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Florida Democrats say the state's new surgeon general is unfit for the job

 Gov. Ron DeSantis (left) introduces newly appointed Florida Surgeon General Joseph Ladapo (right) in a press conference in September 2021.
Florida Channel
Gov. Ron DeSantis (left) introduces newly appointed Florida Surgeon General Joseph Ladapo (right) in a press conference in September 2021.

Democrats are urging the Florida Senate to reject Joseph Ladapo’s appointment as State Surgeon General. Ladapo was appointed to the job last month. He replaced Scott Rivkees, who resigned. But since coming on board—Ladapo's positions on issues like vaccines and mask mandates have riled Democrats. And a run-in with a Democratic state senator earned a rebuke from the Senate’s top Republican.

Ladapo established himself early on as firmly on the side of his boss, Gov. Ron DeSantis. During his introductory news conference, Ladapo stated his opposition to mask mandates in schools and said vaccination is a choice:

“The state should be promoting good health," Ladapo told reporters. "Vaccination is not the only path to that. It has been treated almost as a religion. That is just senseless. There are lots of good pathways to health, and vaccination is not the only one.”

One of his first actions as surgeon general was to sign off on a revised Department of Health rule governing school mask mandates to give parents the ultimate say in whether their children should wear face coverings. The change led a judge to toss out a lawsuit filed by school districts.

Now, the surgeon general has found himself earning a rebuke from the Senate’s top Republican, Wilton Simpson. The reaction came after Ladapo visited the office of Democratic Senator Tina Polsky, who has breast cancer. Polsky asked Ladapo to wear a mask—but he refused. Polsky later made several media appearances blasting Ladapo.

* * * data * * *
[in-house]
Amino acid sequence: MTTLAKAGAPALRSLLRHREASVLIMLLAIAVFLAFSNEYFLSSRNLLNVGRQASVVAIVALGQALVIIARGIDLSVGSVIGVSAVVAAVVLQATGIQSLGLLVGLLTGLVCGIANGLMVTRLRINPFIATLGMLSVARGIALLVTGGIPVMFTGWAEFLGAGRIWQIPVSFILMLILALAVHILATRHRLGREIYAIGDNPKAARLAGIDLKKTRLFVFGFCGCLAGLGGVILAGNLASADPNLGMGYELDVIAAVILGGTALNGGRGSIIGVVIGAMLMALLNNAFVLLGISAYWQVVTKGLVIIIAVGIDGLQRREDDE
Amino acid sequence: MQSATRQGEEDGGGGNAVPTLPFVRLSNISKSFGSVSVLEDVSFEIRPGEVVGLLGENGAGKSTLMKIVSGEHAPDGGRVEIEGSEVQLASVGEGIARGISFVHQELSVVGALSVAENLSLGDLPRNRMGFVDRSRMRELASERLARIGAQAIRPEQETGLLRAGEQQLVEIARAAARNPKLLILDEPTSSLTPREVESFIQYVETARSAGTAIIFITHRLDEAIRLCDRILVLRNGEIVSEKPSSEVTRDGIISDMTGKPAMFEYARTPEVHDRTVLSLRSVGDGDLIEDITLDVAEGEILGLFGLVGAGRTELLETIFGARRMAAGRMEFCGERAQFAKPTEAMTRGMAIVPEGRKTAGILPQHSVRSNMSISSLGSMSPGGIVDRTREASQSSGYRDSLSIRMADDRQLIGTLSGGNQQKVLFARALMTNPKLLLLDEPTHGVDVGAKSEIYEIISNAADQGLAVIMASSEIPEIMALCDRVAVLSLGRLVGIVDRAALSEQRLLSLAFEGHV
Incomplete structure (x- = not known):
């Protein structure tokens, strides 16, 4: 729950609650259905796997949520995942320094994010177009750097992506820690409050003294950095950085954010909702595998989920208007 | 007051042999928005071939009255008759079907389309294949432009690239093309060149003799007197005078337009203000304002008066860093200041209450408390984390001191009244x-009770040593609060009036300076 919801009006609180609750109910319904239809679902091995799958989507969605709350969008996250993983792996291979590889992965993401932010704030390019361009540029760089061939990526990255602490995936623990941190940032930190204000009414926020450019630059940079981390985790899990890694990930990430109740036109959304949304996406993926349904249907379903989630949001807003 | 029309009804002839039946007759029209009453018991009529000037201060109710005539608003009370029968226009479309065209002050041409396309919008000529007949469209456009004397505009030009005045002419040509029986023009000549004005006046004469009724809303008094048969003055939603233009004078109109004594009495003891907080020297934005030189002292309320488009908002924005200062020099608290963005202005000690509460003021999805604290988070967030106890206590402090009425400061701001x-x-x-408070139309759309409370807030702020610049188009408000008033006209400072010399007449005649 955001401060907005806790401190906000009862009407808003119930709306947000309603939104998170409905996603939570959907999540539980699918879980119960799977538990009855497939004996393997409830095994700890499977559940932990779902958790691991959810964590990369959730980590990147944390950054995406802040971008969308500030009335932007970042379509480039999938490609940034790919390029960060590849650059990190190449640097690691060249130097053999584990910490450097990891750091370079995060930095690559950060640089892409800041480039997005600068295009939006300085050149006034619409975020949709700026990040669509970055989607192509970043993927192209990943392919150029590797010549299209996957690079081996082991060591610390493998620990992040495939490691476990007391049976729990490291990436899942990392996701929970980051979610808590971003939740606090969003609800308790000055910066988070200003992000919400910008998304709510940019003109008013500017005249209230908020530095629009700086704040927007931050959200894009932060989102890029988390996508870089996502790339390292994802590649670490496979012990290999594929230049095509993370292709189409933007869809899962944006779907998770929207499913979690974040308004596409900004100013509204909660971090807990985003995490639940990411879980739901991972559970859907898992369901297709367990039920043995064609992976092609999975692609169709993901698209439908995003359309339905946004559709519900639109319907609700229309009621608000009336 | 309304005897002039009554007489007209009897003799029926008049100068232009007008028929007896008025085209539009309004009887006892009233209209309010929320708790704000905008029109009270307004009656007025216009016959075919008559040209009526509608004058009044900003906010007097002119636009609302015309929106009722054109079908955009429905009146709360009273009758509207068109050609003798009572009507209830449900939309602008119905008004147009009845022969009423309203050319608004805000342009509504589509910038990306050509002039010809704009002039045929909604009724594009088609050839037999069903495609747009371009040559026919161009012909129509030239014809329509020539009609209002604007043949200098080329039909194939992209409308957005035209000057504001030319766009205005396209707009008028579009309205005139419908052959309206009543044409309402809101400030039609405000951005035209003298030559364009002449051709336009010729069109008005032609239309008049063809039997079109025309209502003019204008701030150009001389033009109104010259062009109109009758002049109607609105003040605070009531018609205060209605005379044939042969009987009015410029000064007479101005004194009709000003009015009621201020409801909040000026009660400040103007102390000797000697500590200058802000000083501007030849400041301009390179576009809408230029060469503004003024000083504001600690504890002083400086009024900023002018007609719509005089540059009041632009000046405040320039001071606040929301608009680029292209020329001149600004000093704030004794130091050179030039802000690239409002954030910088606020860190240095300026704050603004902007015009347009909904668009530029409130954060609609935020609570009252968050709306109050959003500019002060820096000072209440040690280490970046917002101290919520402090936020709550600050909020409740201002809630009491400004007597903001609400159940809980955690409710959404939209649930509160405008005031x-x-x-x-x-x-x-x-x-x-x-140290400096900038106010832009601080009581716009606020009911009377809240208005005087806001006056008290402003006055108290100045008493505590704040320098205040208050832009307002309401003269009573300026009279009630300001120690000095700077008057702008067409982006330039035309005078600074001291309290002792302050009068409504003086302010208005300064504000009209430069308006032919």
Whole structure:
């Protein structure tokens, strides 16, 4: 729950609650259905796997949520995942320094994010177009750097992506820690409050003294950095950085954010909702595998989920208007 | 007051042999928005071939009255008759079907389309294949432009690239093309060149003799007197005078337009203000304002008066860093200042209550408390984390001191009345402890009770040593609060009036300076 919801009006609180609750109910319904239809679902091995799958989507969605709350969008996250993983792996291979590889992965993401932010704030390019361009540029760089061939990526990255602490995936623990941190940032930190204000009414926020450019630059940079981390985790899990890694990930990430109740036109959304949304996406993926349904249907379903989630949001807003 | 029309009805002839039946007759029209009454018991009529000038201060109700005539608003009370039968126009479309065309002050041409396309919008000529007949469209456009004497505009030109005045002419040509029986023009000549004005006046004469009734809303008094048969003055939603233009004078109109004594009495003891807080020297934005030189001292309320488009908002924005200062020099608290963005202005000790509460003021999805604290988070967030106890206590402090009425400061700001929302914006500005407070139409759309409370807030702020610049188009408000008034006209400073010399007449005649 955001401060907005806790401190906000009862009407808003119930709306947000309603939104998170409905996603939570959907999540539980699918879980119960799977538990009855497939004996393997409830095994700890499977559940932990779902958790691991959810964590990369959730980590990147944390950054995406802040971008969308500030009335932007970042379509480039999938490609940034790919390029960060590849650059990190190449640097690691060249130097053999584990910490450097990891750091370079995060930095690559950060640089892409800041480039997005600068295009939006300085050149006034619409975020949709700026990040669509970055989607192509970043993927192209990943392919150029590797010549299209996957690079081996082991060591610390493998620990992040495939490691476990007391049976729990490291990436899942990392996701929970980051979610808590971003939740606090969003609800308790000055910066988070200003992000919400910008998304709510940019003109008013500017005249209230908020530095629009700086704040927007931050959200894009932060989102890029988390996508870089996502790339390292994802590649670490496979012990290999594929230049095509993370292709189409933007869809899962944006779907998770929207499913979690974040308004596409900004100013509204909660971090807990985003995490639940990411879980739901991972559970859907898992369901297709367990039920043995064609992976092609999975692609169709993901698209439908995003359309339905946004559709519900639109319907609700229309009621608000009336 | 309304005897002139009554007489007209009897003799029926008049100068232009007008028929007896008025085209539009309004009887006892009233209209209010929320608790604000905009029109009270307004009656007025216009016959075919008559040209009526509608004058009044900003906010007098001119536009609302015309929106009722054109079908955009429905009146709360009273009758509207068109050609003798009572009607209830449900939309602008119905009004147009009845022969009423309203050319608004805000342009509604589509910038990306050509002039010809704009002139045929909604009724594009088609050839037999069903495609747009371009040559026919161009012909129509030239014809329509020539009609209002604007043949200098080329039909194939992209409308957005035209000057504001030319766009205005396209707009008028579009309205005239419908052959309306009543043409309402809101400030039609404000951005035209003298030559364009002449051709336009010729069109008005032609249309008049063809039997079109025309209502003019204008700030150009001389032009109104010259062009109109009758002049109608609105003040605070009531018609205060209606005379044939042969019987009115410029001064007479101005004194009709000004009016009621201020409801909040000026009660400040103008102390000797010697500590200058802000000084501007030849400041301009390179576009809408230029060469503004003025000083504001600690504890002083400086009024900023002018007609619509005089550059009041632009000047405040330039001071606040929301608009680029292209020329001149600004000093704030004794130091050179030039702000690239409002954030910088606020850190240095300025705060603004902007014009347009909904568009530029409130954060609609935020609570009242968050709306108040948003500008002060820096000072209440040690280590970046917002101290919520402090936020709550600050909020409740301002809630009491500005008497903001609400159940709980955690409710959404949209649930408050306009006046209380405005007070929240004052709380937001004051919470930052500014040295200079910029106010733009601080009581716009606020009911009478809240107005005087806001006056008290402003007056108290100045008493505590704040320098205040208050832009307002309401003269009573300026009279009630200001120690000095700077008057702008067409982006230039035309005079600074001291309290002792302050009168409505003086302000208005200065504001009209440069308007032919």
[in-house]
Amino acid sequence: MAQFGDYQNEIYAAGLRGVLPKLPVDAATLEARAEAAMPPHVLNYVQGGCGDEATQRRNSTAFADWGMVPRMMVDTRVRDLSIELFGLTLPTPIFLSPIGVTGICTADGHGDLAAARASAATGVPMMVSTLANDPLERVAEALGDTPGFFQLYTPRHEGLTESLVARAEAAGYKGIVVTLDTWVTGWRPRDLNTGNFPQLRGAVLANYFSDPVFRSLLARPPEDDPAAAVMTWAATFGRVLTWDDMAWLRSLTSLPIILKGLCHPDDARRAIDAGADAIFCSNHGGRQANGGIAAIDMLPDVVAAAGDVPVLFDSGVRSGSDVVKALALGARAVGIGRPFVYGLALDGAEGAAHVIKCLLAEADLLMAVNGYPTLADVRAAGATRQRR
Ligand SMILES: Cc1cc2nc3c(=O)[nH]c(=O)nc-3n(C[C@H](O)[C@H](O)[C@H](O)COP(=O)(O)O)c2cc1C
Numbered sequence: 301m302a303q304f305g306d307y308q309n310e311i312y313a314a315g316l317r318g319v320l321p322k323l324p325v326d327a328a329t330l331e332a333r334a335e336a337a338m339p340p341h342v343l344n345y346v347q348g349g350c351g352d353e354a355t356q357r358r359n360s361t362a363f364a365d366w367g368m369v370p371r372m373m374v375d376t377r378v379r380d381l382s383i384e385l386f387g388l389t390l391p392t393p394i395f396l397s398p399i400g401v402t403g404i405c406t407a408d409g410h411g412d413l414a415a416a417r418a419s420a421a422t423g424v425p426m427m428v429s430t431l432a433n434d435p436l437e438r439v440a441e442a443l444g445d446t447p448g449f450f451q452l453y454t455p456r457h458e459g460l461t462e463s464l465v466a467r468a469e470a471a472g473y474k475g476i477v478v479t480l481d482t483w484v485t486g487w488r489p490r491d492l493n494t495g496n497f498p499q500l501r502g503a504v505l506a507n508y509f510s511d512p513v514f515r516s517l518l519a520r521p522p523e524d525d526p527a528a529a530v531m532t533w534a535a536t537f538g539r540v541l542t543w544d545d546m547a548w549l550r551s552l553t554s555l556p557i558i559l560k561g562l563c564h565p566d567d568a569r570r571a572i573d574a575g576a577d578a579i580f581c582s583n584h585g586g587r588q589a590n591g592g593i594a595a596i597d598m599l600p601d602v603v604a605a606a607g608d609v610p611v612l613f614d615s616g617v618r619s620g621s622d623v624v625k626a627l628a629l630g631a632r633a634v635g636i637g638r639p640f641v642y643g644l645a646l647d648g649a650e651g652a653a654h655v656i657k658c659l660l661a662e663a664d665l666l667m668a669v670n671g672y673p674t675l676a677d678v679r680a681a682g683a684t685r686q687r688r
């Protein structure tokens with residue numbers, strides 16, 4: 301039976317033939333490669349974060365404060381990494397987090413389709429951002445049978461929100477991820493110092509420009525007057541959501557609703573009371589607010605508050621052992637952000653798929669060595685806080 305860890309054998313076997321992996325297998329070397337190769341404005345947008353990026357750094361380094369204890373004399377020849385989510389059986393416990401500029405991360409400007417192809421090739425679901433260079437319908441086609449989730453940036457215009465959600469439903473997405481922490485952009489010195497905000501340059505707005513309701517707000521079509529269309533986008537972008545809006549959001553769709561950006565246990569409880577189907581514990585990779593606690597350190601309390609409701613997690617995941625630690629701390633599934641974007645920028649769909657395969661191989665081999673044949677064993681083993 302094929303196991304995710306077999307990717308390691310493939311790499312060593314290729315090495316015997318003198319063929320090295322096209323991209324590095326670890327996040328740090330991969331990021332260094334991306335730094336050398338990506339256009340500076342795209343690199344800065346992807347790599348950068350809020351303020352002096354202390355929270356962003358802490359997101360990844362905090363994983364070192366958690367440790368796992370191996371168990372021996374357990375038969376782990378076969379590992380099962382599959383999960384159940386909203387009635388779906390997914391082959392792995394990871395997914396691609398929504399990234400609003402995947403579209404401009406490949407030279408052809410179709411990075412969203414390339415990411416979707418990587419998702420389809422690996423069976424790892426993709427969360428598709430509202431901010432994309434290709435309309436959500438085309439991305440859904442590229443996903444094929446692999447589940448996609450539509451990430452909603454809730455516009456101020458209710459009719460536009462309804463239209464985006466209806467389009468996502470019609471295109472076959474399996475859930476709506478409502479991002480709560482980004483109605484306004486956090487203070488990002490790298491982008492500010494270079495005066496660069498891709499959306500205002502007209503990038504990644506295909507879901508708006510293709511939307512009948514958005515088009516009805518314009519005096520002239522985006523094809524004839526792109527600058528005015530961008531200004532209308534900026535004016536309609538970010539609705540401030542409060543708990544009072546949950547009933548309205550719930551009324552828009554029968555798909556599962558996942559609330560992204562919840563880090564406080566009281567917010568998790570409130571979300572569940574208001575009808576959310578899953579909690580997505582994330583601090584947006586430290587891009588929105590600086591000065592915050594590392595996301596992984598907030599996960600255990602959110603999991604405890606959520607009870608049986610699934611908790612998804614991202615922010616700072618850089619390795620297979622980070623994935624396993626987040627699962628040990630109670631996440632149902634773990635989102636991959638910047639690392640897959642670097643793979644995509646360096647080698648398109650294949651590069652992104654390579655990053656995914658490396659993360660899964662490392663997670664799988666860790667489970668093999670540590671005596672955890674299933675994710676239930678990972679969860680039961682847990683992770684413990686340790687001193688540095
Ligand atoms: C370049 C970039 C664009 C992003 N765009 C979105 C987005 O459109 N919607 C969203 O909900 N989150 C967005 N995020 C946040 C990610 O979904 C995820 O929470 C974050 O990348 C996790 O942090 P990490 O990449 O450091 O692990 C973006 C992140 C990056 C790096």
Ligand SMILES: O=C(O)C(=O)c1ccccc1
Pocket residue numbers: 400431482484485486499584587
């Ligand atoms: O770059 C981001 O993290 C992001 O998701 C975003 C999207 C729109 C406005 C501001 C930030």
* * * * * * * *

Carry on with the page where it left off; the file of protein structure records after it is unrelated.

“For a public health leader to not care about my health says all I need to know about him," she said.

In a statement, Senate President Wilton Simpson said Senators have a right to request visitors wear masks in their offices, and those wishes should be respected. More recently, an investigation by the USA Today network found Ladapo’s hire to a medical professorship at the University was fast-tracked ahead of his appointment to surgeon general.

It's all led to calls for the rejection of his confirmation.

"He should not be our surgeon general. He should not be somebody who is in charge of our healthcare policies in the state of Florida. So I am asking our state Senate to do what is right for the people of our state and deny his confirmation this legislative session and to make the governor come back to the table with a new appointment for surgeon general," said Agriculture Nikki Fried. She is running for governor next year.

So is former Governor, and Congressman Charlie Crist—who also wants Ladapo gone.

"Dr. Ladapo has made it clear that he was appointed not to help our state battle this public health crisis but to be an ill-informed political tool for the governor of Florida," Crist said.

Other state Democratic leaders have issued similar calls. In fact, Most of the public consternation over Ladapo is coming from the Democrats. Yet the surgeon general still has one powerful and influential defender. Gov. DeSantis.

"He actually explained he offered numerous accommodations and it was more about an issue. There are pictures [of Polsky] very close with [other people with] no mask in other instances. I don’t see people talking about this… They’re trying to politicize this," DeSantis said in defense of his surgeon general.

On the same day she met with Ladapo, Polsky attended a senate committee meeting alongside other unmasked senators. It may all be moot. Republicans are in lock-step behind DeSantis, and they control the legislative committees that have to approve Ladapo's appointment.

Copyright 2021 WFSU. To see more, visit WFSU.

Lynn Hatter is a Florida A&M University graduate with a bachelor’s degree in journalism. Lynn has served as reporter/producer for WFSU since 2007 with education and health care issues as her key coverage areas. She is an award-winning member of the Capital Press Corps and has participated in the NPR Kaiser Health News Reporting Partnership and NPR Education Initiative. When she’s not working, Lynn spends her time watching sci-fi and action movies, writing her own books, going on long walks through the woods, traveling and exploring antique stores. Follow Lynn Hatter on Twitter: @HatterLynn.